Biodiversity Work Provides a Boost for Butterflies in Broxtowe

As part of the winter tree planting programme the gardeners at Broxtowe Borough Council have been busy planting trees along an old hedgerow at Leyton Crescent Recreation Ground in Beeston. The trees include Oak, Field Maple and of particular importance a number of disease resistant Elms.

Once a common sight very few Elm trees remain, as through the 1970’s Dutch Elm Disease swept across the United Kingdom, killing an estimate 25 million trees. This was particularly bad news for the White Letter Hairstreak, a butterfly whose caterpillars feed exclusively on Elm and their population now stands at just 3% of what it was before the disease arrived. Since then horticulturalists have looked to find resistant elms to replace those lost and a number of varieties have now been identified.  Trees being planted at Leyton Crescent Recreation Ground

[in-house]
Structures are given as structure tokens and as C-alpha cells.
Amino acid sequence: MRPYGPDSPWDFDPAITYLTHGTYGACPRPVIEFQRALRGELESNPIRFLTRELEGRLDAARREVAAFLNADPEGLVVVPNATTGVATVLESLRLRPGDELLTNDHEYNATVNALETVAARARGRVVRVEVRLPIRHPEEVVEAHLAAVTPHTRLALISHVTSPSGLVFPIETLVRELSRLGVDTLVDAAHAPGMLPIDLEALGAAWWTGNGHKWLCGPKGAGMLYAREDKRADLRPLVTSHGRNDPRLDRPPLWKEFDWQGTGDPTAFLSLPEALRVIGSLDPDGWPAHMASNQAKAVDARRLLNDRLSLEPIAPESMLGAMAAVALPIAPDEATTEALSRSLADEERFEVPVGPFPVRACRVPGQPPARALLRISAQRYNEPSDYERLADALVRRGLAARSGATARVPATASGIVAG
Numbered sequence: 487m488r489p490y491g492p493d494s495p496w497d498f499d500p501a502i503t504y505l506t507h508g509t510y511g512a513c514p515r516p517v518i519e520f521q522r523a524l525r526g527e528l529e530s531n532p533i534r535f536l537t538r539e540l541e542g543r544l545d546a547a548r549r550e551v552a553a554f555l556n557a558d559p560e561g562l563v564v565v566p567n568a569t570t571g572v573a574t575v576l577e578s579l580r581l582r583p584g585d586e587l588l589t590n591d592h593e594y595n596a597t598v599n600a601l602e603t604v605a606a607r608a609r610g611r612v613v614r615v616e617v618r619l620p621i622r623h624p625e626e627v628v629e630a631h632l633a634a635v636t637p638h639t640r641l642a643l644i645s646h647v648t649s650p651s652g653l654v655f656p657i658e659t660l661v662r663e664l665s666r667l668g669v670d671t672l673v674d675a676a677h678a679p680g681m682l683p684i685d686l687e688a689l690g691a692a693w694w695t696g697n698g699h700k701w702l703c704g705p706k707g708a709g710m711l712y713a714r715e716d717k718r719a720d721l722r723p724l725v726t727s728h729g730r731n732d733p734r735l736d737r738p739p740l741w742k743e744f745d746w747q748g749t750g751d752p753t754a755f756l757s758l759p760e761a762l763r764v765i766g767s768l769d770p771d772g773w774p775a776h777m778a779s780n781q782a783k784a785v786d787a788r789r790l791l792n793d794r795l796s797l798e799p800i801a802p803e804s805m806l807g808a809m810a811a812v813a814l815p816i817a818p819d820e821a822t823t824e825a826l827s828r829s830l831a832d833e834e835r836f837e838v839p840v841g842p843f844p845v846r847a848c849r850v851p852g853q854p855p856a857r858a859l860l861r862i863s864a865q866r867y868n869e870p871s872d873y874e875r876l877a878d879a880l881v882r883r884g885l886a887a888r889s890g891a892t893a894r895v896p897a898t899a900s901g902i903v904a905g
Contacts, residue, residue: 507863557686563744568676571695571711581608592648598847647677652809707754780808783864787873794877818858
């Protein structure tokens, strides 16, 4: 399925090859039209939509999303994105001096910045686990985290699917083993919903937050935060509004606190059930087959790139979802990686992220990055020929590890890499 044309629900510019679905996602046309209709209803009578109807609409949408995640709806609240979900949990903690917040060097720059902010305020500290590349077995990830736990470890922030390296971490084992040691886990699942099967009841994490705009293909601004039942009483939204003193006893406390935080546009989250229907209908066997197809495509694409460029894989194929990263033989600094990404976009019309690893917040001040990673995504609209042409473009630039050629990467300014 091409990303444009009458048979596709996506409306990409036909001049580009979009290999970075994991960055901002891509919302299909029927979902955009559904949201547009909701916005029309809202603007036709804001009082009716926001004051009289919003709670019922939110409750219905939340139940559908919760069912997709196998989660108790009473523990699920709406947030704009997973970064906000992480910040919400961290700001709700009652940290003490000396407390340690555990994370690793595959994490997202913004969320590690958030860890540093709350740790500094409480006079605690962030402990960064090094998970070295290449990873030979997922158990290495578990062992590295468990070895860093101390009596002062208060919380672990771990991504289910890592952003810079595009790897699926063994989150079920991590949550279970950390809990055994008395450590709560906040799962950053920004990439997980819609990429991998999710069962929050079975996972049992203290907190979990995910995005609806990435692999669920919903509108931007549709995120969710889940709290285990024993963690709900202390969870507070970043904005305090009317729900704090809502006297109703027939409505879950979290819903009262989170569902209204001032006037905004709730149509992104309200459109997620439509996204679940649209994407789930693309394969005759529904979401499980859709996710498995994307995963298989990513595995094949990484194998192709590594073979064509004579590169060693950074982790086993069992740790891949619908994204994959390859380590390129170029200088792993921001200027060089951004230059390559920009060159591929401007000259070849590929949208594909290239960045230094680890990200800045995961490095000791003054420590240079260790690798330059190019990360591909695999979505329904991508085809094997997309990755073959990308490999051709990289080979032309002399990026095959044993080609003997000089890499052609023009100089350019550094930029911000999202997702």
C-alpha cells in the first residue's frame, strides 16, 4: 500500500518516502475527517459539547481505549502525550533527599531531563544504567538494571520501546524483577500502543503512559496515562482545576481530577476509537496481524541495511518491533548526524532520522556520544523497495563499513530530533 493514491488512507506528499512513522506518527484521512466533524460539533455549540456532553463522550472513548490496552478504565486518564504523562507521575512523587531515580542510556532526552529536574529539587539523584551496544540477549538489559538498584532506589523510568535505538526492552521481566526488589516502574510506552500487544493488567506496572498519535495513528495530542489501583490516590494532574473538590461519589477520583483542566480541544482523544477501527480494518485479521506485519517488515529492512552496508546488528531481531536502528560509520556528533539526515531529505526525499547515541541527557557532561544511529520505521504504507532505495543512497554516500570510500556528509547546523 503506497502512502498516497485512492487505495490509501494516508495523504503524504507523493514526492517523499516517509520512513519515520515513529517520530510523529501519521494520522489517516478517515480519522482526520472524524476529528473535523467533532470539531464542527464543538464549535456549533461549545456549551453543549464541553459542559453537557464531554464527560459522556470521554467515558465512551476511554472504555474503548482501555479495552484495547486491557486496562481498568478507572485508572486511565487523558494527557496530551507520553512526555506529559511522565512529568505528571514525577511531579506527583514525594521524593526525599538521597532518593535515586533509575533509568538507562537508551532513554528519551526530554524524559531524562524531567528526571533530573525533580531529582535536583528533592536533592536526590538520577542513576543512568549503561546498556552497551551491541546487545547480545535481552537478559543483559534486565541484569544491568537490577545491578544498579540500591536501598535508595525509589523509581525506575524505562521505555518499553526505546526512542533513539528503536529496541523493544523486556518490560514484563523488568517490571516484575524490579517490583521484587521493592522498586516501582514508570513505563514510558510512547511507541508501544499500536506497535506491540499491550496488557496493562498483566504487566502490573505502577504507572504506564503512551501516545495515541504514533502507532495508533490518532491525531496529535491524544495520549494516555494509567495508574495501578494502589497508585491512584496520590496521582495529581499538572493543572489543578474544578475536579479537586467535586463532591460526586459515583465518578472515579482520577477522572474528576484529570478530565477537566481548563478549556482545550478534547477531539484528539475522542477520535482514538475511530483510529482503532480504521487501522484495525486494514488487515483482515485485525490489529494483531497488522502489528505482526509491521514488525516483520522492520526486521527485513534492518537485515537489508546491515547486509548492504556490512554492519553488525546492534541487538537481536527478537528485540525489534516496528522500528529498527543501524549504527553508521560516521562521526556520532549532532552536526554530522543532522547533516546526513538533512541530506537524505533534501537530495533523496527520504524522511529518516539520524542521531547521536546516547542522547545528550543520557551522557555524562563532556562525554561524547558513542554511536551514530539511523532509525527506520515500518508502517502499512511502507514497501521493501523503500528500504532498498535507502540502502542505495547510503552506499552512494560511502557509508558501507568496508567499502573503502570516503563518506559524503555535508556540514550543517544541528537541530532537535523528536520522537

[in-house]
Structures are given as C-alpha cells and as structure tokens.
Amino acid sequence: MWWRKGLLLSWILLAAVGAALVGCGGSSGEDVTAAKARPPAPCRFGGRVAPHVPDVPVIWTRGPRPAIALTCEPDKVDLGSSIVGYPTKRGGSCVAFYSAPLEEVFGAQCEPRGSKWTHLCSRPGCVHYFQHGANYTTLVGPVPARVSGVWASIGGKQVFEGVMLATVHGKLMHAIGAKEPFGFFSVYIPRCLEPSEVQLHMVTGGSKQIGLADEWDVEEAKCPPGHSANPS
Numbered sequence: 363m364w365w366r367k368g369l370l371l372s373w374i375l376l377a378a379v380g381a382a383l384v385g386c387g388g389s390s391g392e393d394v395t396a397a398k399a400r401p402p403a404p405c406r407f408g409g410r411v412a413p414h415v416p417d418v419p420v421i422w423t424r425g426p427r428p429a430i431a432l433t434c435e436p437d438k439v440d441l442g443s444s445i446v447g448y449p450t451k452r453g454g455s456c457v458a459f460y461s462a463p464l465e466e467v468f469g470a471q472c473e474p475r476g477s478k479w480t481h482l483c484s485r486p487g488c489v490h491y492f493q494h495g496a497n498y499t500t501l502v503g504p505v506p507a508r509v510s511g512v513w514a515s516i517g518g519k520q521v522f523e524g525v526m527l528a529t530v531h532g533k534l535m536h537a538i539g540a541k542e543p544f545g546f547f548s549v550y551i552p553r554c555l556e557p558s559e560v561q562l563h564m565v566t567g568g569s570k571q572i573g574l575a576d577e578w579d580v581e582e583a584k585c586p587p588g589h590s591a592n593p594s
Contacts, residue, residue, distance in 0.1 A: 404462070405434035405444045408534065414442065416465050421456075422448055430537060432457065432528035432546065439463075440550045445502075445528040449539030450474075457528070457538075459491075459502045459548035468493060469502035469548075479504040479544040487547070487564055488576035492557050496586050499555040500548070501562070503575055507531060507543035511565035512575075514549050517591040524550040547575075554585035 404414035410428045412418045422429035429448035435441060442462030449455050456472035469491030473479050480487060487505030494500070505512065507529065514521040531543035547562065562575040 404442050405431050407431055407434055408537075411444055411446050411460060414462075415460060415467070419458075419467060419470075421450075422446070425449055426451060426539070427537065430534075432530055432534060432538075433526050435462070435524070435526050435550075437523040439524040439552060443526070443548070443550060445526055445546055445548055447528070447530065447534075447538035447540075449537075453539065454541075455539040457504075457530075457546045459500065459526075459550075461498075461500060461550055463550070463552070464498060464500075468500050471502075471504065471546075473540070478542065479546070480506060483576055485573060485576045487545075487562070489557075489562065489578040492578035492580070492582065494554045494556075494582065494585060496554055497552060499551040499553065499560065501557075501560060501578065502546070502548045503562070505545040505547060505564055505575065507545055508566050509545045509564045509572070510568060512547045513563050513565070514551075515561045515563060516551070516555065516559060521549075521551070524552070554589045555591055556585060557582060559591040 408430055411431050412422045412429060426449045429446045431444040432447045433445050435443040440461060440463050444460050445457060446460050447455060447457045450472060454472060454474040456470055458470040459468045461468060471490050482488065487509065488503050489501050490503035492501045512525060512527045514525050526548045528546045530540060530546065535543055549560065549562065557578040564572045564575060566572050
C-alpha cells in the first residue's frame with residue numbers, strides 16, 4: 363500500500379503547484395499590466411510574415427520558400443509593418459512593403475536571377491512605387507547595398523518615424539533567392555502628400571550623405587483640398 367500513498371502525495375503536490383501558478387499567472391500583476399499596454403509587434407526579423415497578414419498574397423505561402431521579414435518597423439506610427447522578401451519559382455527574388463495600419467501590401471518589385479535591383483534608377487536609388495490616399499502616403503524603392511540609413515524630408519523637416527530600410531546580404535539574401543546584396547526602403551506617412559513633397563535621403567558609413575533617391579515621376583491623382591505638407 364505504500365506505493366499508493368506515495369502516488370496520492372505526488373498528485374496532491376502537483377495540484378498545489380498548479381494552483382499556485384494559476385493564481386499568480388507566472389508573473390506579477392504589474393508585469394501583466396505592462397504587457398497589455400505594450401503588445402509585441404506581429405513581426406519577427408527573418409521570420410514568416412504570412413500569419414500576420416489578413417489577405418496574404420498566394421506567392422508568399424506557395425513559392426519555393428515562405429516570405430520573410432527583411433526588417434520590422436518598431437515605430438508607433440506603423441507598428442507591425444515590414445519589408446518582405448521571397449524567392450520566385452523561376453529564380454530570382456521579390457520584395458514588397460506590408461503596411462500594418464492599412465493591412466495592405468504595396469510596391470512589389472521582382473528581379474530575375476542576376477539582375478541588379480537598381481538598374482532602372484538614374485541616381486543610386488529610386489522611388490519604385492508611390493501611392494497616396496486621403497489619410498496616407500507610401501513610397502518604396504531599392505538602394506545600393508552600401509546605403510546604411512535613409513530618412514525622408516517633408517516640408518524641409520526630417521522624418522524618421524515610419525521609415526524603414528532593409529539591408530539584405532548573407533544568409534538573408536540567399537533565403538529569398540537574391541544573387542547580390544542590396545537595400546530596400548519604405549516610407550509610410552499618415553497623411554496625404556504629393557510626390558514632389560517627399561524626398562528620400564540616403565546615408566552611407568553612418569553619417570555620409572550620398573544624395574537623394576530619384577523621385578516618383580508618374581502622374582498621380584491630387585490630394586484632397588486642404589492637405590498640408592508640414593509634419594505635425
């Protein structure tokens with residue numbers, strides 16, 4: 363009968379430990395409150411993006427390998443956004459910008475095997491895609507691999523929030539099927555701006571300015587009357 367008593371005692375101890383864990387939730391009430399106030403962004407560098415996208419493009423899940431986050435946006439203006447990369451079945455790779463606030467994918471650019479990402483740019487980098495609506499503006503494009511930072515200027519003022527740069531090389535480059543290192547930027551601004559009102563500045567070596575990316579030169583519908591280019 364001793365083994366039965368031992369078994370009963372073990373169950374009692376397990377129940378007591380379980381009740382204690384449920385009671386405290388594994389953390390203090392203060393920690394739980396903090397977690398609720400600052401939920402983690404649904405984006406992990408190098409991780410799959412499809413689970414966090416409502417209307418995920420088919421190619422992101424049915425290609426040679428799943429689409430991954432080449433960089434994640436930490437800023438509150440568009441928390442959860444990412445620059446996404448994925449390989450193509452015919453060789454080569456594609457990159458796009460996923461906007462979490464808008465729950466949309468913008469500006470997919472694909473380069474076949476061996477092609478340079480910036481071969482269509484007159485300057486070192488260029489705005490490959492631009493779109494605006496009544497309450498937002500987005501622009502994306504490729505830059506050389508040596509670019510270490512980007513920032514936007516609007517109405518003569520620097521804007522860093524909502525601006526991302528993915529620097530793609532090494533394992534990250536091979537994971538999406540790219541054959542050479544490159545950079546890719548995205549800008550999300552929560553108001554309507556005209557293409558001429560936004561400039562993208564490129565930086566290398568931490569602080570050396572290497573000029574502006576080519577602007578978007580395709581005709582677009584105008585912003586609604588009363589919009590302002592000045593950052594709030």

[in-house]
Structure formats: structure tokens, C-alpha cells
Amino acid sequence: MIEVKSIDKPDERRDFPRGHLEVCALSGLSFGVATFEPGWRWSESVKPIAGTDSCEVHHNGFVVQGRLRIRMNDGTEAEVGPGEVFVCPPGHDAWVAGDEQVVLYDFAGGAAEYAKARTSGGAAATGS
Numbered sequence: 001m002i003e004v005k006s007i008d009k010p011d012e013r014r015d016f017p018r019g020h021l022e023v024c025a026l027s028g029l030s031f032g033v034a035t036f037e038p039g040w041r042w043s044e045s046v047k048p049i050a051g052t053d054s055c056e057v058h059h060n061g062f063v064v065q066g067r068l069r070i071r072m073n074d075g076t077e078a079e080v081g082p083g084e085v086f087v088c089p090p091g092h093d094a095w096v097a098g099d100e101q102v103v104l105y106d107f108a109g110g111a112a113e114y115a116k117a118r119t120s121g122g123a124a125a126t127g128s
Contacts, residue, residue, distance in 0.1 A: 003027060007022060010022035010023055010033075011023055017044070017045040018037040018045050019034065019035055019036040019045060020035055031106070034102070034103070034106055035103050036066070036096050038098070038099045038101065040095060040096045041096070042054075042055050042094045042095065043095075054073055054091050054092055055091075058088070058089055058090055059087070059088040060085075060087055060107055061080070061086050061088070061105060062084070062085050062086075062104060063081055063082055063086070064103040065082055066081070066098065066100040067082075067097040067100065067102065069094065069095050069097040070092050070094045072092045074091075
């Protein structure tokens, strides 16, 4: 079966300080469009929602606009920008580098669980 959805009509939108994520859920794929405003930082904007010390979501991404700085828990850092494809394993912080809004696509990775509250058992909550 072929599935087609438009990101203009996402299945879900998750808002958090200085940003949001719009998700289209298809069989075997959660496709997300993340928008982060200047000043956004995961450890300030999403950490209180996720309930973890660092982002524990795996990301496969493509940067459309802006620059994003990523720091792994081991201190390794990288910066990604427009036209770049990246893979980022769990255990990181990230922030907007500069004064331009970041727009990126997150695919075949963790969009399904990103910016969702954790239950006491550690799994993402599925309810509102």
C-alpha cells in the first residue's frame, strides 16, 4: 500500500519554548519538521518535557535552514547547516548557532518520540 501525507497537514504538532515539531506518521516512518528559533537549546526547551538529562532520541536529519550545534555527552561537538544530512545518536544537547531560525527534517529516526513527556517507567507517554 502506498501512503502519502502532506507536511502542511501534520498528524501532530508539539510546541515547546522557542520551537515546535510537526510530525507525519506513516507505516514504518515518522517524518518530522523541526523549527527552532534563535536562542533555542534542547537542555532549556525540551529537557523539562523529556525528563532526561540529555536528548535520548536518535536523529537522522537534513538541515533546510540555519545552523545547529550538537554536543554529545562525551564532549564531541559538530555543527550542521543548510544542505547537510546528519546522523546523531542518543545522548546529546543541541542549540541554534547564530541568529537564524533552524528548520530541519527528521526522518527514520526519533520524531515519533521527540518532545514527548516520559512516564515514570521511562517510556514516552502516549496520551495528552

It is hoped that as they grow the trees will provide a home for this endangered butterfly, whilst helping to capture carbon from the atmosphere and create a habitat for many other species. In autumn the strip of grass along the hedgerow will be planted with native bulbs and wildflowers to further improve habitat for wildlife.

The work is part of Broxtowe Borough Council’s Green Futures programme, aiming to reduce carbon and increase biodiversity.

Councillor Helen Skinner, Chair of the Climate Change Committee said “Wherever we can we will look to encourage wildlife onto our parks and open spaces, sometimes it only requires small changes to be made to the way we look after things to have a positive impact for wildlife and always without detracting from the excellent facilities and recreation opportunities our sites provide for Borough residents”   

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